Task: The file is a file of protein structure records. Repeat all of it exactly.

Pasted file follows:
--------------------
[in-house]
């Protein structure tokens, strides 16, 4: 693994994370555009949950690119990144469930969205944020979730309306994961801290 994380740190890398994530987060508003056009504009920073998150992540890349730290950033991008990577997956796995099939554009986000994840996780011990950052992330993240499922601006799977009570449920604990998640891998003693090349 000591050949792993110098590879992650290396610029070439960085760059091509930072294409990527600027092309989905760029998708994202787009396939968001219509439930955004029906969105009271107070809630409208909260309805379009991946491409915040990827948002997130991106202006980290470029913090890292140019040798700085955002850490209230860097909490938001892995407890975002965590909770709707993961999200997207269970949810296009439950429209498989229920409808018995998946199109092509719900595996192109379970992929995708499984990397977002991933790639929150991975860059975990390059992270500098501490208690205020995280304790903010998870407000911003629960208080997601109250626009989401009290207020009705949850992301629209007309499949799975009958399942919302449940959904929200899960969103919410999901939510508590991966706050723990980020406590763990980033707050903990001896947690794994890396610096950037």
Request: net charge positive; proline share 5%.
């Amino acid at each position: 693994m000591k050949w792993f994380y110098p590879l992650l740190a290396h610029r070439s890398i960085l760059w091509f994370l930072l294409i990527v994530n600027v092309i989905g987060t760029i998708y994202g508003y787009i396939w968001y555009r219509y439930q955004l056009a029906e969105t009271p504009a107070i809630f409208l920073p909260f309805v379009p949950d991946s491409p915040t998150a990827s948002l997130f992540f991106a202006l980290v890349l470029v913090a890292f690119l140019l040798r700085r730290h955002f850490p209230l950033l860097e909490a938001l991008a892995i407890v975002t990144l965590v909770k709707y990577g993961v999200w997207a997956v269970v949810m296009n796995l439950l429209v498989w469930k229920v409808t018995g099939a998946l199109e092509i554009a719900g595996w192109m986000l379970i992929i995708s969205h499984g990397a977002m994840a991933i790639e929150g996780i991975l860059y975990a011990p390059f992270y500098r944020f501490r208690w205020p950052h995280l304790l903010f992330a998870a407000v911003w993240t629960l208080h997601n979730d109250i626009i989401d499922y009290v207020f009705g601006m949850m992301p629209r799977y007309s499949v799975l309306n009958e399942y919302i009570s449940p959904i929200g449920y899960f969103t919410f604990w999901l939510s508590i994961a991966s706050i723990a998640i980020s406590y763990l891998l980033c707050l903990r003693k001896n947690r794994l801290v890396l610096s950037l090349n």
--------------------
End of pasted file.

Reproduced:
[in-house]
């Protein structure tokens, strides 16, 4: 693994994370555009949950690119990144469930969205944020979730309306994961801290 994380740190890398994530987060508003056009504009920073998150992540890349730290950033991008990577997956796995099939554009986000994840996780011990950052992330993240499922601006799977009570449920604990998640891998003693090349 000591050949792993110098590879992650290396610029070439960085760059091509930072294409990527600027092309989905760029998708994202787009396939968001219509439930955004029906969105009271107070809630409208909260309805379009991946491409915040990827948002997130991106202006980290470029913090890292140019040798700085955002850490209230860097909490938001892995407890975002965590909770709707993961999200997207269970949810296009439950429209498989229920409808018995998946199109092509719900595996192109379970992929995708499984990397977002991933790639929150991975860059975990390059992270500098501490208690205020995280304790903010998870407000911003629960208080997601109250626009989401009290207020009705949850992301629209007309499949799975009958399942919302449940959904929200899960969103919410999901939510508590991966706050723990980020406590763990980033707050903990001896947690794994890396610096950037």
Request: net charge positive; proline share 5%.
């Amino acid at each position: 693994m000591k050949w792993f994380y110098p590879l992650l740190a290396h610029r070439s890398i960085l760059w091509f994370l930072l294409i990527v994530n600027v092309i989905g987060t760029i998708y994202g508003y787009i396939w968001y555009r219509y439930q955004l056009a029906e969105t009271p504009a107070i809630f409208l920073p909260f309805v379009p949950d991946s491409p915040t998150a990827s948002l997130f992540f991106a202006l980290v890349l470029v913090a890292f690119l140019l040798r700085r730290h955002f850490p209230l950033l860097e909490a938001l991008a892995i407890v975002t990144l965590v909770k709707y990577g993961v999200w997207a997956v269970v949810m296009n796995l439950l429209v498989w469930k229920v409808t018995g099939a998946l199109e092509i554009a719900g595996w192109m986000l379970i992929i995708s969205h499984g990397a977002m994840a991933i790639e929150g996780i991975l860059y975990a011990p390059f992270y500098r944020f501490r208690w205020p950052h995280l304790l903010f992330a998870a407000v911003w993240t629960l208080h997601n979730d109250i626009i989401d499922y009290v207020f009705g601006m949850m992301p629209r799977y007309s499949v799975l309306n009958e399942y919302i009570s449940p959904i929200g449920y899960f969103t919410f604990w999901l939510s508590i994961a991966s706050i723990a998640i980020s406590y763990l891998l980033c707050l903990r003693k001896n947690r794994l801290v890396l610096s950037l090349n």